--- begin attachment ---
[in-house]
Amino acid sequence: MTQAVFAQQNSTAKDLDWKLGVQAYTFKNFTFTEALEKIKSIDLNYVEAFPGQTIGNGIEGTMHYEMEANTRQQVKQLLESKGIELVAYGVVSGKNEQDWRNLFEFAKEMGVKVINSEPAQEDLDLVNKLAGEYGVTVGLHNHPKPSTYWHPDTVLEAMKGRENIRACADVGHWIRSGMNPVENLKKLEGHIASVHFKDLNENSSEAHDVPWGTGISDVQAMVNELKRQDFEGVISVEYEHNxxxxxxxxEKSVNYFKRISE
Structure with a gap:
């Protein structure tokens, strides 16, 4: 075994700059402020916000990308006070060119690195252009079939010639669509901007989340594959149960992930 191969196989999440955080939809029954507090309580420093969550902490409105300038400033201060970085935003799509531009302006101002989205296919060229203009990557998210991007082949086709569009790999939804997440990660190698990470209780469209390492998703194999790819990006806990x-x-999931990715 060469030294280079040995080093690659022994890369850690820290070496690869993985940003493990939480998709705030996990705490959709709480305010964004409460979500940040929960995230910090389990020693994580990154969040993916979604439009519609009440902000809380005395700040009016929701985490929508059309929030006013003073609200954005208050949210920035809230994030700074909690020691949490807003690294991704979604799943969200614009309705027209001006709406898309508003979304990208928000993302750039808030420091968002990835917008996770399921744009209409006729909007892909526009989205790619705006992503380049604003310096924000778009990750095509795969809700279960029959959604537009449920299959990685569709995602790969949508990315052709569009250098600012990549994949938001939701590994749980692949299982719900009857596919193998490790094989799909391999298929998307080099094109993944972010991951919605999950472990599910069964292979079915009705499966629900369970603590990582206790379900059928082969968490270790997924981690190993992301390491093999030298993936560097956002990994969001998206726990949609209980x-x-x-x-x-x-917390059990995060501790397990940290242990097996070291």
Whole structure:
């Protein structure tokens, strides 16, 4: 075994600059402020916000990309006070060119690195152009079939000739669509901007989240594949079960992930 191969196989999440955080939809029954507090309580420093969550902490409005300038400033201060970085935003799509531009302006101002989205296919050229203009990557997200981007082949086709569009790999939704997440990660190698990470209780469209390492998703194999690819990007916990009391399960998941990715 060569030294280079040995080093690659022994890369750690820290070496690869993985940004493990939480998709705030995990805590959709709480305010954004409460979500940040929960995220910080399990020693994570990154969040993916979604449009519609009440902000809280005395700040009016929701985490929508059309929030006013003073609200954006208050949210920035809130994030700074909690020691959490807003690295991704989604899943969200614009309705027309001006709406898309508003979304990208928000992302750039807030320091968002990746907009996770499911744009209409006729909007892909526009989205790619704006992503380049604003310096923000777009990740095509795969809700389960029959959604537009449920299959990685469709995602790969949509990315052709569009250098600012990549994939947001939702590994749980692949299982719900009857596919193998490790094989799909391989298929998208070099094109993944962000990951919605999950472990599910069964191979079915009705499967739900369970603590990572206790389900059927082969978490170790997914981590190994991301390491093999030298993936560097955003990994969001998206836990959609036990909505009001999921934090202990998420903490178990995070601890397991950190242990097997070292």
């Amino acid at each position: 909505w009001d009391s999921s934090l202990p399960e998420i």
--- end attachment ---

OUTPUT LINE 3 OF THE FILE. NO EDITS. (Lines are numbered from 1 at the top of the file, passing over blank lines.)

Structure with a gap: